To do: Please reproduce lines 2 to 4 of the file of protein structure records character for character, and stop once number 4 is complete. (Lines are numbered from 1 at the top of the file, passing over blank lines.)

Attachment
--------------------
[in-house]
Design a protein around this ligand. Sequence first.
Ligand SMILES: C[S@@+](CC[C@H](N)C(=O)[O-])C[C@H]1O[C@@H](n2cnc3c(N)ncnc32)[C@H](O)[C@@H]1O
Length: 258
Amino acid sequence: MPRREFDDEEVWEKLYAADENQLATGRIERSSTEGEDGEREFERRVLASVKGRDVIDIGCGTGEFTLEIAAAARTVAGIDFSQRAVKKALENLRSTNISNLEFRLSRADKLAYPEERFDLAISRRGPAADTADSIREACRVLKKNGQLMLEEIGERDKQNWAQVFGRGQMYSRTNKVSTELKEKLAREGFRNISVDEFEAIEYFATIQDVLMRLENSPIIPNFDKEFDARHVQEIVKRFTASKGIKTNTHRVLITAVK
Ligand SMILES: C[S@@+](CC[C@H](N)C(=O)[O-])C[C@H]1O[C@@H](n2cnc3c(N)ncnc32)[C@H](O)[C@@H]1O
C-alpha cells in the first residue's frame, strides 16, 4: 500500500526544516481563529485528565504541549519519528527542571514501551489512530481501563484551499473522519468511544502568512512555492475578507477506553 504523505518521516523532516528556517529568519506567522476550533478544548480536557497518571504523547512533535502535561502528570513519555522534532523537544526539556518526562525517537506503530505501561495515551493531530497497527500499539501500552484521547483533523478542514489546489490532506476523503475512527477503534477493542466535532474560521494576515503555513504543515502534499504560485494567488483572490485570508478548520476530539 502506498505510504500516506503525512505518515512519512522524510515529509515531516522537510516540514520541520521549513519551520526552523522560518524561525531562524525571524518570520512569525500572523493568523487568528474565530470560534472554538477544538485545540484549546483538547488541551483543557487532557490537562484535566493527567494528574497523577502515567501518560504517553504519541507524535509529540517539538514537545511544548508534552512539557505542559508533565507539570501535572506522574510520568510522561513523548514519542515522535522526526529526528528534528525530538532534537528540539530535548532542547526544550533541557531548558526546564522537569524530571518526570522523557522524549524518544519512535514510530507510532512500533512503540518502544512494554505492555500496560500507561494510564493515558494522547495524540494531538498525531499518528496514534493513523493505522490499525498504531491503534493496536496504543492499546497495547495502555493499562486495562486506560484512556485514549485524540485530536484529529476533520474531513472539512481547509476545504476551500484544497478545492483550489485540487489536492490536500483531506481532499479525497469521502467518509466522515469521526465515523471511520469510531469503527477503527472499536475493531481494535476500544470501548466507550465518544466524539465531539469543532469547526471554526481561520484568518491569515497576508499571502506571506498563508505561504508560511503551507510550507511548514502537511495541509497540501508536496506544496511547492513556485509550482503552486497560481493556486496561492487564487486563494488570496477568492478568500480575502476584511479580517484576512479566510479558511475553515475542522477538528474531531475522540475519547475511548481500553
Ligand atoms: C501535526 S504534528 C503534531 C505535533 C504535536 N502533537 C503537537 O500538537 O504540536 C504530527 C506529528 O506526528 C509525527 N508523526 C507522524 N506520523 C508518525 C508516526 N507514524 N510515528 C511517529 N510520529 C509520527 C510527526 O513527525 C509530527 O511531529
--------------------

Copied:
Design a protein around this ligand. Sequence first.
Ligand SMILES: C[S@@+](CC[C@H](N)C(=O)[O-])C[C@H]1O[C@@H](n2cnc3c(N)ncnc32)[C@H](O)[C@@H]1O
Length: 258